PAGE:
I've started very small. I'm currently teaching  on Monday, Wednesday and Friday at 10:00AM and Monday evening at 6:00PM (because, you know, MONDAY) --a Dharma Yoga inspired vinyasa flow class.  I wanted to offer Power Yoga, too, but I don't have a lot of Power Yogis yet, so, I'm, well, MAKING MY OWN. Seriously, my advanced beginners are coming along like freight trains.  It's simply amazing to see them grow and stretch and get stronger. I'm so grateful to get to be a part of that.

The studio is called Rasna Yoga. Rasna means "sweet-voiced, " which is pretty fitting if you've ever heard me speak --at least judging by the number of callers I get who ask if my mommy is home (not that I'm bitter.) The name was chosen by my New York yoga community, so I feel like they're here with me--isn't that nice? The website is under very slow development (see: "everything feels like a huge chore" above,) but you can like the Facebook page for it if you want to follow our progress.

AND, I've finally started on a quest to find a yoga community here to support my own growth.  So far, I've been taking classes at various yoga studios around Austin, but haven't found my people quite yet. There are so many different styles of yoga! I'm trying to be receptive to different styles of teaching, but I do have a serious preference for the teachings of people trained by Sri Dharma Mittra. All of my teachers in New York were trained by him, and I was lucky enough to have done my teacher training with Sri Dharma himself.  As far as I can tell, I'm the only Dharma Yogi in Austin, but I feel certain I can still find an asana class that speaks to me, and I will just continue to train in the other limbs of Yoga online with the Dharma Yoga Center and through self study.

Friday, November 01, 2013

Cardinals and Mental Health

We have a deranged cardinal.

He came with the new house in Austin.

He spends a significant amount of time each week fighting his own reflection in our windows and nothing we have done can dissuade him.  I've researched the issue--we've put up reflective decals, we've lowered the blinds, I've explained to him that this behavior is not even SEASONAL --but nothing works. (Here's a great article about the issue.  We haven't covered all of our windows, but we've tried most of the other things.)

Maybe it's just a habit of self-destruction, but I'm worried he's going to do himself some serious harm. I think he's been fighting himself so long that there's a chance he's done himself permanent damage.

Which is pretty much the perfect metaphor for my own mental health issues.

I've been depressed recently.

I think there are some extenuating circumstances --like the move away from my healing yoga community in New York, away from the ocean and the seasons that match the cycles in my heart. But, you know, depression doesn't actually need a reason.  I tried giving myself hundreds of examples of good things in my life right now, but you just can't reason with depression.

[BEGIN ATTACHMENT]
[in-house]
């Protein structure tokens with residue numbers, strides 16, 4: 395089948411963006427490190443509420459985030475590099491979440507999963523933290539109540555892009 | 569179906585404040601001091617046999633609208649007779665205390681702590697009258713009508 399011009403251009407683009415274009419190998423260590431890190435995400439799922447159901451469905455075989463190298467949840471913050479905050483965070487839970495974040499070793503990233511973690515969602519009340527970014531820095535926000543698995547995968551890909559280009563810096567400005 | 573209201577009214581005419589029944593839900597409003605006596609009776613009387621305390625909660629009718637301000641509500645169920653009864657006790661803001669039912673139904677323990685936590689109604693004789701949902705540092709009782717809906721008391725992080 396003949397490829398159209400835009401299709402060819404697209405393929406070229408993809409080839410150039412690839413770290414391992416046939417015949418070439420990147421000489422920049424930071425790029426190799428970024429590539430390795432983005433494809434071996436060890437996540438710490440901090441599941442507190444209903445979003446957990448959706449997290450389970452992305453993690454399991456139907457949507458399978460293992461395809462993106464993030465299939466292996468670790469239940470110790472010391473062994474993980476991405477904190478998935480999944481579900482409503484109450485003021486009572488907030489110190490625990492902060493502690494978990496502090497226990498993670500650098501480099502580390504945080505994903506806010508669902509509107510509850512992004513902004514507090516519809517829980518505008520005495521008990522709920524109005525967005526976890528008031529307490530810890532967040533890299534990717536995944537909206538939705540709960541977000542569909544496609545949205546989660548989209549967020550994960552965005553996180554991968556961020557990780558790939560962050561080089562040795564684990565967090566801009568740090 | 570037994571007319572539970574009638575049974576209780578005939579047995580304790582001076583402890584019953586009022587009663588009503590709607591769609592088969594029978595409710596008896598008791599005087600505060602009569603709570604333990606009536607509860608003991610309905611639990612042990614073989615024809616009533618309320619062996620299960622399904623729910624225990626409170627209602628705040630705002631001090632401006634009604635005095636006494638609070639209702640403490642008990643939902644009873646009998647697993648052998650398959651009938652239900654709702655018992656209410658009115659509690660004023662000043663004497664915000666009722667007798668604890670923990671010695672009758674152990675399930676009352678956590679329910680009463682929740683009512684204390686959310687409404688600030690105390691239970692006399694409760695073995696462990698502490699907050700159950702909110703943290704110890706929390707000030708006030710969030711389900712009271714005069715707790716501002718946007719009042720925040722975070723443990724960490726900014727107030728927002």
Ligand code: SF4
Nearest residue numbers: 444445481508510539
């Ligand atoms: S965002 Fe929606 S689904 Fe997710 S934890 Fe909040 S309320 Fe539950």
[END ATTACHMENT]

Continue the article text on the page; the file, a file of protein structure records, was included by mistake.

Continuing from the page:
And, you know, part of me is so dismayed to find that I'm still susceptible to depression after all the yogic work I've done on being present, unfiltered, unattached, etc.. On not letting other people affect my own path. (If you're new to the blog, here is my story in a nutshell.)

I'm still such a work in progress.  I think I thought I had moved beyond certain struggles and then here they are again.  I haven't even been able to write. I've just been creeping around my house, feeling invisible. Change is hard, and not just on the teenagers among us.

It's just hard.

I was so focused on making my family's transition as smooth as possible that I forgot to take care of myself. But I did find a new acupuncturist, who is BRILLIANT, and slowly, I'm building a community of Love Ninjas.  It takes time--I'm trying to give myself time.

I'm going to try to blog every day during the month of November, focusing on gratitude.  Today, November 1, I'm grateful for that time --time to heal, time to recharge, time to adjust to a new environment, time with my kids, time to grow and stretch and change.

Tuesday, September 03, 2013

Finding Home

 I long, as does every human being, to be at home wherever I find myself. --Maya Angelou

So, um, I think I am feeling at home now.

It's been a bit of a struggle.  For one thing, I think my concept of home was flawed. I'm such a...

Well, honestly, I don't know what I am.

But the concept of home was always an illusive one for me.

My definition of home is also hard for me to articulate, but I think what I mean by "home" is a place where I feel as though I belong completely, without having to do anything to deserve it.  Where I can breathe. Where I'm happy in my skin. Where, when I speak, people hear what I'm saying, beyond the words I choose.

Where I feel that kind of unbroken awareness of joy and connection.

I'm back in Austin, now.  A place I lived for 24 years before moving to New York. We Army brats don't put down roots easily, but if I have roots anywhere, it's right here. I went to college here, I had at least two careers here, I met my husband here, both of my children were born here...

And yet, I'm not sure I ever felt completely at home here.